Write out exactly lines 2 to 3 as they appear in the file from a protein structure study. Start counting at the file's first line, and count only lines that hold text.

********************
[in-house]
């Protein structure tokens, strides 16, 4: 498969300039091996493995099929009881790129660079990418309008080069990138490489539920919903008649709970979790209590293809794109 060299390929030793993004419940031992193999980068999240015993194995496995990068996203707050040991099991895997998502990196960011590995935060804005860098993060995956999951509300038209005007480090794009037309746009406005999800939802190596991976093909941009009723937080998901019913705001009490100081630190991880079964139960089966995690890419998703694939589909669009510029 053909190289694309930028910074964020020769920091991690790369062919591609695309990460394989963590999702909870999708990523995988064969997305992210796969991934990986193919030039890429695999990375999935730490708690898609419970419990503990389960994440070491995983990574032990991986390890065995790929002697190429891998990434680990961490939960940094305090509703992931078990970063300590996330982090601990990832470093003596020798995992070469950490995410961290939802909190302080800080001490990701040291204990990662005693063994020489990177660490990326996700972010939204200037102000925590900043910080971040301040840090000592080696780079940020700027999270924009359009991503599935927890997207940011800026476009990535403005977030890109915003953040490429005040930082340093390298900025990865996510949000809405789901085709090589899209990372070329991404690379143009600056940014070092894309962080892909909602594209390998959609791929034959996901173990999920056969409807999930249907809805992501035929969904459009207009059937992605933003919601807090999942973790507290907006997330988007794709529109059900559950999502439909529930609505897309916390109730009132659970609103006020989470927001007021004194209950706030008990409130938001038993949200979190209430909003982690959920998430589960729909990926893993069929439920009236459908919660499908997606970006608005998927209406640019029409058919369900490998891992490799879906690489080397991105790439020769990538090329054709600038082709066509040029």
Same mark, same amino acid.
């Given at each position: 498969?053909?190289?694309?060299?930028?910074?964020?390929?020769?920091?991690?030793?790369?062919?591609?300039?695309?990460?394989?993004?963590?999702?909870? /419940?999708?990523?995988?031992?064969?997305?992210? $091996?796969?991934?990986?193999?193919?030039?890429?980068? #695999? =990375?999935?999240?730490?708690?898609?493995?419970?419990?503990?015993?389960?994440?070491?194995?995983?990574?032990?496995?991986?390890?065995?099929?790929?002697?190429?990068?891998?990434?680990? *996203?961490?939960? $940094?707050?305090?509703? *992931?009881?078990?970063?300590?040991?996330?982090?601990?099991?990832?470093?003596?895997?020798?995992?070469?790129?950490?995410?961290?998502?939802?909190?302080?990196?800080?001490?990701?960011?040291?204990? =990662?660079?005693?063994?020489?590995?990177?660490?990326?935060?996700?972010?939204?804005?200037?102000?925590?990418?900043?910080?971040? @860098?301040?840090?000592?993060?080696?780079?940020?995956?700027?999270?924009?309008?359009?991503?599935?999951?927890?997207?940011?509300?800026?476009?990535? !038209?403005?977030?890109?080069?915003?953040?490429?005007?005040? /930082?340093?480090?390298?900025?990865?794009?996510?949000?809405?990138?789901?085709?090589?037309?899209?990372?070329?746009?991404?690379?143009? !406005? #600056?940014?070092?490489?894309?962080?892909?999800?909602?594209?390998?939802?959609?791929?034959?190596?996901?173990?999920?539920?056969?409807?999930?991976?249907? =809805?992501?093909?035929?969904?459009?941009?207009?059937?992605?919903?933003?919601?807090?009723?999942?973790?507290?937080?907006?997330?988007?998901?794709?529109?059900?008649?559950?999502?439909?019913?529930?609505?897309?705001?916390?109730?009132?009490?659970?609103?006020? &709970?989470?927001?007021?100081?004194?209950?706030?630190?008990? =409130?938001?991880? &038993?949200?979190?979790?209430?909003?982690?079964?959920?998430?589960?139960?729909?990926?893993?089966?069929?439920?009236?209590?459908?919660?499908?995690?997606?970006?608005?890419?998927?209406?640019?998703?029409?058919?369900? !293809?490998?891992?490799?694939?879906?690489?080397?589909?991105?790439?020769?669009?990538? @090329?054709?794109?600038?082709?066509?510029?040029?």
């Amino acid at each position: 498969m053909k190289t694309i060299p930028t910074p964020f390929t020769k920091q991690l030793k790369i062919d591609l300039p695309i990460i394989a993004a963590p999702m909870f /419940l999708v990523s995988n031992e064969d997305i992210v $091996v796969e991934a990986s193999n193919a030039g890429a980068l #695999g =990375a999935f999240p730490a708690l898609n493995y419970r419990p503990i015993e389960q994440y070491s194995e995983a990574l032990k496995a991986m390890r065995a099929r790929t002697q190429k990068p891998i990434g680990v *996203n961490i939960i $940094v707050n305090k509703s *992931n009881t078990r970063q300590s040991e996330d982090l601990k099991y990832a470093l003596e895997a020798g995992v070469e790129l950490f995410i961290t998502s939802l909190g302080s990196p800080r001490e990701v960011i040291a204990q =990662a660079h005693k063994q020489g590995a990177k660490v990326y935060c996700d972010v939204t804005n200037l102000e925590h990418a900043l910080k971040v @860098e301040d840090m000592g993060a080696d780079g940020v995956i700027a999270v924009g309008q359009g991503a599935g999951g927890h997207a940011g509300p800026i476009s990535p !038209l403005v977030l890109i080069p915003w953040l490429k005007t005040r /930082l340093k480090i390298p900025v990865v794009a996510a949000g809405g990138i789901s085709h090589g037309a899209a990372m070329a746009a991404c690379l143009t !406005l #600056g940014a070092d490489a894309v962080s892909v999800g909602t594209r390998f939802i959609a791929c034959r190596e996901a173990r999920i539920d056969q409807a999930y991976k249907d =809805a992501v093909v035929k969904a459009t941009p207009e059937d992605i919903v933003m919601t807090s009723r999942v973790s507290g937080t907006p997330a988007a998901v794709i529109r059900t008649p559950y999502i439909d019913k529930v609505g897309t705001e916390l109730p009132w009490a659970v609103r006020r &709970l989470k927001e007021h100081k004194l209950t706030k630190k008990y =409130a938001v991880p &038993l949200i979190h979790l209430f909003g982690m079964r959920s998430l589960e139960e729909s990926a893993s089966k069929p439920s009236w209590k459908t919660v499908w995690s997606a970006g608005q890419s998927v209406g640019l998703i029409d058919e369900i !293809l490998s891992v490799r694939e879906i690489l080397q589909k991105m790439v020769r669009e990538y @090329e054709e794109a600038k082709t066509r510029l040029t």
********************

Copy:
């Protein structure tokens, strides 16, 4: 498969300039091996493995099929009881790129660079990418309008080069990138490489539920919903008649709970979790209590293809794109 060299390929030793993004419940031992193999980068999240015993194995496995990068996203707050040991099991895997998502990196960011590995935060804005860098993060995956999951509300038209005007480090794009037309746009406005999800939802190596991976093909941009009723937080998901019913705001009490100081630190991880079964139960089966995690890419998703694939589909669009510029 053909190289694309930028910074964020020769920091991690790369062919591609695309990460394989963590999702909870999708990523995988064969997305992210796969991934990986193919030039890429695999990375999935730490708690898609419970419990503990389960994440070491995983990574032990991986390890065995790929002697190429891998990434680990961490939960940094305090509703992931078990970063300590996330982090601990990832470093003596020798995992070469950490995410961290939802909190302080800080001490990701040291204990990662005693063994020489990177660490990326996700972010939204200037102000925590900043910080971040301040840090000592080696780079940020700027999270924009359009991503599935927890997207940011800026476009990535403005977030890109915003953040490429005040930082340093390298900025990865996510949000809405789901085709090589899209990372070329991404690379143009600056940014070092894309962080892909909602594209390998959609791929034959996901173990999920056969409807999930249907809805992501035929969904459009207009059937992605933003919601807090999942973790507290907006997330988007794709529109059900559950999502439909529930609505897309916390109730009132659970609103006020989470927001007021004194209950706030008990409130938001038993949200979190209430909003982690959920998430589960729909990926893993069929439920009236459908919660499908997606970006608005998927209406640019029409058919369900490998891992490799879906690489080397991105790439020769990538090329054709600038082709066509040029």
Same mark, same amino acid.